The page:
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Frontiers
Snails, Fish and Gravity Sensors: On a Mission to Find Answers

May/June 1998

This April, dozens of snails and fish went where only a few men and women have gone before: outer space. Traveling on the Space Shuttle Columbia, the snails and fish were part of a research project funded by NSF to study the development of gravity sensors in space by animals in the early stages of life.

The snails and fish flew aboard Neurolab, a shuttle research mission dedicated to the study of the life sciences. Neurolab focused on the most complex and least understood part of the human body--the nervous system, which faces major challenges in space.

Gravity-sensing systems have the same basic structure in all vertebrates, whether fish or humans. The gravity-detecting organ is lined with sensory cells that send signals to the brain when they are triggered; the "triggers" are small, rock-like particles of calcium carbonate, referred to as statoliths in snails and otoliths in fish (and in humans). In humans, this system is a component of the inner ear. A simpler system exists in snails, one that is far easier to analyze and develops faster, say scientists.

"Data from the aquatic experiments aboard Neurolab are helping us understand the basic mechanisms that maintain postural and spatial orientation," explains Christopher Platt, program manager in NSF's Division of Integrative Biology and Neuroscience, which funded the experiments. "Gravity is always present on Earth, so it's been hard to explore its role in development and in controlling movement. Neurolab allowed unique tests to take place, ones that will shed light on how gravitational sensors work by showing the changes in sensory structure or nerve function that appear in its absence. These studies may tell us how long exposure to lack of gravity may lead to abnormalities in the otolith organs, which is relevant to long-term spaceflight and to certain kinds of posture and balance problems in people on Earth."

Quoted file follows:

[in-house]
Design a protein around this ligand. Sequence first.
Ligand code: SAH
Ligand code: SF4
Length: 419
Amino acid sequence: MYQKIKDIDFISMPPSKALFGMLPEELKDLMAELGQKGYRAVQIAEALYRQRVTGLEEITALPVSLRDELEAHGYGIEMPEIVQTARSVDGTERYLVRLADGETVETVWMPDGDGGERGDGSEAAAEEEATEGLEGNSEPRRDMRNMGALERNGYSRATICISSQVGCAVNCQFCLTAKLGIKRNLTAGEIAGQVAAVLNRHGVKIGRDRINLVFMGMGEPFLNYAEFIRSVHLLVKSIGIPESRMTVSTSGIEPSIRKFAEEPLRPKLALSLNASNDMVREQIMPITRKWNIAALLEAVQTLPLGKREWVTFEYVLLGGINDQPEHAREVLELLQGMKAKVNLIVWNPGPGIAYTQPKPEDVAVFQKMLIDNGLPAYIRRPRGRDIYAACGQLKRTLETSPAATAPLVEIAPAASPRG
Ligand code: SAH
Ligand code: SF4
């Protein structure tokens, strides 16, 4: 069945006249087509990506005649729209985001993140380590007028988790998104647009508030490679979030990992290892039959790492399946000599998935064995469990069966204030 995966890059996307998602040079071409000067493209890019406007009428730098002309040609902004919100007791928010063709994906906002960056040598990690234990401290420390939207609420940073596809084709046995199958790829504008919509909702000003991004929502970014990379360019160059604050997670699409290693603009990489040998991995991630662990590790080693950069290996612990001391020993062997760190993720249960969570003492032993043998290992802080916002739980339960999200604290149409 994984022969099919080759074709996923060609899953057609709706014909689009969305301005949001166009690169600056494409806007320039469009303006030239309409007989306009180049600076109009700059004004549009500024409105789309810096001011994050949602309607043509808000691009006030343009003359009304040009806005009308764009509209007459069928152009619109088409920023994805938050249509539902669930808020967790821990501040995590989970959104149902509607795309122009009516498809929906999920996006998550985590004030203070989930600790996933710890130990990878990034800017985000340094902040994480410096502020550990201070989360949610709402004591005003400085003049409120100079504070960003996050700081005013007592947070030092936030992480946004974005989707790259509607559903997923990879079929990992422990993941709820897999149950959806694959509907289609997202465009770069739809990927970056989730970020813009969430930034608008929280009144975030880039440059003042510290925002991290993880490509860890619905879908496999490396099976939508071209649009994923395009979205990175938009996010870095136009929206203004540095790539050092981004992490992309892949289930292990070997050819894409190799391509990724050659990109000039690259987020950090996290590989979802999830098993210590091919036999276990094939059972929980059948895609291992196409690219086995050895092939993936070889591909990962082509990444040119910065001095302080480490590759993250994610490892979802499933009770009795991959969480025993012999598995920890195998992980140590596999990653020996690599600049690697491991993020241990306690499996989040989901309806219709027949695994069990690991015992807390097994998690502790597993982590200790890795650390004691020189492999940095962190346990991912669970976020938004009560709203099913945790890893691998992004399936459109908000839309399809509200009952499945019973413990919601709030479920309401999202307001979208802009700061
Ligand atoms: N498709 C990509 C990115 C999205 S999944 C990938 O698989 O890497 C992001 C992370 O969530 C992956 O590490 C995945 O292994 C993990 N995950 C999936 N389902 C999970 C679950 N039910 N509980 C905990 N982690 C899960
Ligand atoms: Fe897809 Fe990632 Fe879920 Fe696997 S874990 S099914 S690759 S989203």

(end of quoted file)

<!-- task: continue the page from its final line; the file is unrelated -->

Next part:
Other benefits of the aquatic studies aboard Neurolab include development of an electrode that offers potential use as a connection to the nervous system in people with deafness caused by hair cell damage. The electrode might also someday be used as an interface to signal motor prostheses how and when to move.

Tracking the progress of the snails and fish flying aboard Columbia were scientists on "The Aquatic Team," as they were known to shuttle crewmembers. Researcher Michael Wiederhold of the University of Texas Health Science Center at San Antonio monitored freshwater snails and swordtail fish in the beginning stages of their development into adults.

Wiederhold is trying to answer such questions as what physiological changes occur in the components of the gravity sensors of animals in space, whether signals sent from the inner ear to the brain are altered, and, if alterations do occur, whether behavior of the animal changes. "Looking at changes that occur in organisms in space is very practical," says Wiederhold. "Long-term space missions and space exploration point to a time when it will be necessary to begin generating life--including human beings--away from the Earth. Studies such as those on Neurolab are, therefore, vital."

Upon return from their spaceflight in Neurolab, the freshwater snails and swordtail fish were compared to a control group on Earth to determine whether the size of their statoliths and otoliths increased while they were in "microgravity." On Earth, the pull of gravity eventually signals developing statoliths and otoliths to stop growing. "In space, however," says Wiederhold, "without this signal, they should develop to a larger size than they do on Earth. And if indeed they increase in size, how will that affect these animals? That's what we hope to discover through these experiments."

Scientist Steven Highstein of the Washington University School of Medicine in St. Louis, Missouri, is also studying aspects of the inner ear, but his research involves the inner ears of astronauts flying aboard Columbia, as well as those of oyster toadfish aboard Neurolab. Says Highstein, "The otolith organs of these fish experienced the removal of gravity at the same time as the otolith organs of the humans on board." Since this system is very similar in fish and humans, by recording data from the nerves of the otoliths in the oyster toadfish, researchers will soon be better able to understand changes in the same signals sent by the astronauts' inner ears as both humans and fish adapt to microgravity.


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